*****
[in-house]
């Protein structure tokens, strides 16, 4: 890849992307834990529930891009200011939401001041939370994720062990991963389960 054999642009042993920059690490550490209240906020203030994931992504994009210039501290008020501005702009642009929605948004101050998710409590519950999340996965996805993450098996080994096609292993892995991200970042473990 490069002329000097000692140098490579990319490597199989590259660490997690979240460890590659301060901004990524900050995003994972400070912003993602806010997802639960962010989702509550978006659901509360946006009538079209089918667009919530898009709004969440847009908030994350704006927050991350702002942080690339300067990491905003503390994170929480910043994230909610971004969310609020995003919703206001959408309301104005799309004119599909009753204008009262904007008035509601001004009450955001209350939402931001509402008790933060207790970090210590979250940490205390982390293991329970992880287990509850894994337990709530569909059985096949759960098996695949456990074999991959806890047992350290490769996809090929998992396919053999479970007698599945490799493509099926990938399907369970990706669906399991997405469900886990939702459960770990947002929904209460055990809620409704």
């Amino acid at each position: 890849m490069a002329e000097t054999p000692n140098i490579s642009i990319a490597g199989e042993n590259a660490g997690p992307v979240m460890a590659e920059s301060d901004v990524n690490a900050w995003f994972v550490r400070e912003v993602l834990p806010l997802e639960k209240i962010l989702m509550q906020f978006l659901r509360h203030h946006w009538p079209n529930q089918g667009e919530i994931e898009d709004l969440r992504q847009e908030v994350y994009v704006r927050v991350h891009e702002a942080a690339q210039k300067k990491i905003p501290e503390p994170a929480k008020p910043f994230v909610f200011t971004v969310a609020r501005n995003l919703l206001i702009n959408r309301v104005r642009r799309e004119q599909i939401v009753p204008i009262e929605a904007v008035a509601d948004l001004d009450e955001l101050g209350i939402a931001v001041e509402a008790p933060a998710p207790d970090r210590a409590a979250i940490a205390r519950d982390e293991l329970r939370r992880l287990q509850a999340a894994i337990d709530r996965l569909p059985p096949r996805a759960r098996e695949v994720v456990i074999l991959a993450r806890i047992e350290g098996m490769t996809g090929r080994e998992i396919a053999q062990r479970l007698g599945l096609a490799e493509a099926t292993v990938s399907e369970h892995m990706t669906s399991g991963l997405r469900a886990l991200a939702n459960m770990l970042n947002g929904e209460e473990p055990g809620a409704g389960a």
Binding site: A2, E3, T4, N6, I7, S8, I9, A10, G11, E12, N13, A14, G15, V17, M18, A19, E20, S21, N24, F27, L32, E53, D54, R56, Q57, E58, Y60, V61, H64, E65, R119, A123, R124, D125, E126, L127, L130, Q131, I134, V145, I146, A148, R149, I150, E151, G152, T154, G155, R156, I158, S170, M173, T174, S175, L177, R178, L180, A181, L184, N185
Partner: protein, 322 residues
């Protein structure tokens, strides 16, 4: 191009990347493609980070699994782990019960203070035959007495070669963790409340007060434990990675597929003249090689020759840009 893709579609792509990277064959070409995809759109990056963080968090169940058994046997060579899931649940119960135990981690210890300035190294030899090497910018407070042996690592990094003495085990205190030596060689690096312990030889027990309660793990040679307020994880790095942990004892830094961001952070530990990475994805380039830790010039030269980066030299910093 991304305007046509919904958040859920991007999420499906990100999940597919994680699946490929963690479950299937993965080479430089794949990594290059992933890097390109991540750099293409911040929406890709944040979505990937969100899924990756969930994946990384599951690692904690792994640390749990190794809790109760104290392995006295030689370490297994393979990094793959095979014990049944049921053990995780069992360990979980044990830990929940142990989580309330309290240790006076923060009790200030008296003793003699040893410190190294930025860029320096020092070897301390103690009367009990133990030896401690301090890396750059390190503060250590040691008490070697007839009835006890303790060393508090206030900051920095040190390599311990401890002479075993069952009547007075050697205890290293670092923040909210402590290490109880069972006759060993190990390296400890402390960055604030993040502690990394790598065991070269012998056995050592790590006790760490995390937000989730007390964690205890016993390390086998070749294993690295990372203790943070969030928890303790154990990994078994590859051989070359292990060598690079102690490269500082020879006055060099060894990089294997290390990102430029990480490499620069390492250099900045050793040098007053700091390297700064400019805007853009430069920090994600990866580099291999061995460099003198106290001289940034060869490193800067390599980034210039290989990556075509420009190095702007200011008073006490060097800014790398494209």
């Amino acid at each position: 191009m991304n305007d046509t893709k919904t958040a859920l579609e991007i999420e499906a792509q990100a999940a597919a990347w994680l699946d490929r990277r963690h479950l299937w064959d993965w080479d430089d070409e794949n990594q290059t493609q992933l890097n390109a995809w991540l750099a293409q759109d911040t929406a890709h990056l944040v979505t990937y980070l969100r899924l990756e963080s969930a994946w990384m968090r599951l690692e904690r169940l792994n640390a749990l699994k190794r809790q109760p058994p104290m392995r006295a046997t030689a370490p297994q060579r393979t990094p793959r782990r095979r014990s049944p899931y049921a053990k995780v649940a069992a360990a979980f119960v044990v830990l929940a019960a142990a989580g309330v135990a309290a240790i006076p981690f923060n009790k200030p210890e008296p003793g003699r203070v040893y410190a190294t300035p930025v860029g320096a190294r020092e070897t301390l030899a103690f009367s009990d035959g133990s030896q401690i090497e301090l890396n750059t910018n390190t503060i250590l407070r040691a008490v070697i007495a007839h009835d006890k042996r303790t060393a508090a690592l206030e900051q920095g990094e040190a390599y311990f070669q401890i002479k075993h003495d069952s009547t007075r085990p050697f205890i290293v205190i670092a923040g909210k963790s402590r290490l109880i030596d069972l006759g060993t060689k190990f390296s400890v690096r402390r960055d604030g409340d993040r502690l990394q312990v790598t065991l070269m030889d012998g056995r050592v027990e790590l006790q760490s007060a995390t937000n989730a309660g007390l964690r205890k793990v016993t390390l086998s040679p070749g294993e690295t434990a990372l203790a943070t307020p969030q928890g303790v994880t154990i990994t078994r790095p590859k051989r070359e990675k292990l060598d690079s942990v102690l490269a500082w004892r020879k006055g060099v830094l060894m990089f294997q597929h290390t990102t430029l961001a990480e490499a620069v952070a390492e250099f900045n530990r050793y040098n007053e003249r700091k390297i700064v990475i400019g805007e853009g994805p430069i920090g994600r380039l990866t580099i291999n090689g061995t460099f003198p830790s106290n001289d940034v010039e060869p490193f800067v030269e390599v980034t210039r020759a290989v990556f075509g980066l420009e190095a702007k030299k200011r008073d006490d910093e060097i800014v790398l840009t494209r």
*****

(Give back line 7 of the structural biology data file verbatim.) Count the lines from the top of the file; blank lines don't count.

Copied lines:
């Amino acid at each position: 191009m991304n305007d046509t893709k919904t958040a859920l579609e991007i999420e499906a792509q990100a999940a597919a990347w994680l699946d490929r990277r963690h479950l299937w064959d993965w080479d430089d070409e794949n990594q290059t493609q992933l890097n390109a995809w991540l750099a293409q759109d911040t929406a890709h990056l944040v979505t990937y980070l969100r899924l990756e963080s969930a994946w990384m968090r599951l690692e904690r169940l792994n640390a749990l699994k190794r809790q109760p058994p104290m392995r006295a046997t030689a370490p297994q060579r393979t990094p793959r782990r095979r014990s049944p899931y049921a053990k995780v649940a069992a360990a979980f119960v044990v830990l929940a019960a142990a989580g309330v135990a309290a240790i006076p981690f923060n009790k200030p210890e008296p003793g003699r203070v040893y410190a190294t300035p930025v860029g320096a190294r020092e070897t301390l030899a103690f009367s009990d035959g133990s030896q401690i090497e301090l890396n750059t910018n390190t503060i250590l407070r040691a008490v070697i007495a007839h009835d006890k042996r303790t060393a508090a690592l206030e900051q920095g990094e040190a390599y311990f070669q401890i002479k075993h003495d069952s009547t007075r085990p050697f205890i290293v205190i670092a923040g909210k963790s402590r290490l109880i030596d069972l006759g060993t060689k190990f390296s400890v690096r402390r960055d604030g409340d993040r502690l990394q312990v790598t065991l070269m030889d012998g056995r050592v027990e790590l006790q760490s007060a995390t937000n989730a309660g007390l964690r205890k793990v016993t390390l086998s040679p070749g294993e690295t434990a990372l203790a943070t307020p969030q928890g303790v994880t154990i990994t078994r790095p590859k051989r070359e990675k292990l060598d690079s942990v102690l490269a500082w004892r020879k006055g060099v830094l060894m990089f294997q597929h290390t990102t430029l961001a990480e490499a620069v952070a390492e250099f900045n530990r050793y040098n007053e003249r700091k390297i700064v990475i400019g805007e853009g994805p430069i920090g994600r380039l990866t580099i291999n090689g061995t460099f003198p830790s106290n001289d940034v010039e060869p490193f800067v030269e390599v980034t210039r020759a290989v990556f075509g980066l420009e190095a702007k030299k200011r008073d006490d910093e060097i800014v790398l840009t494209r």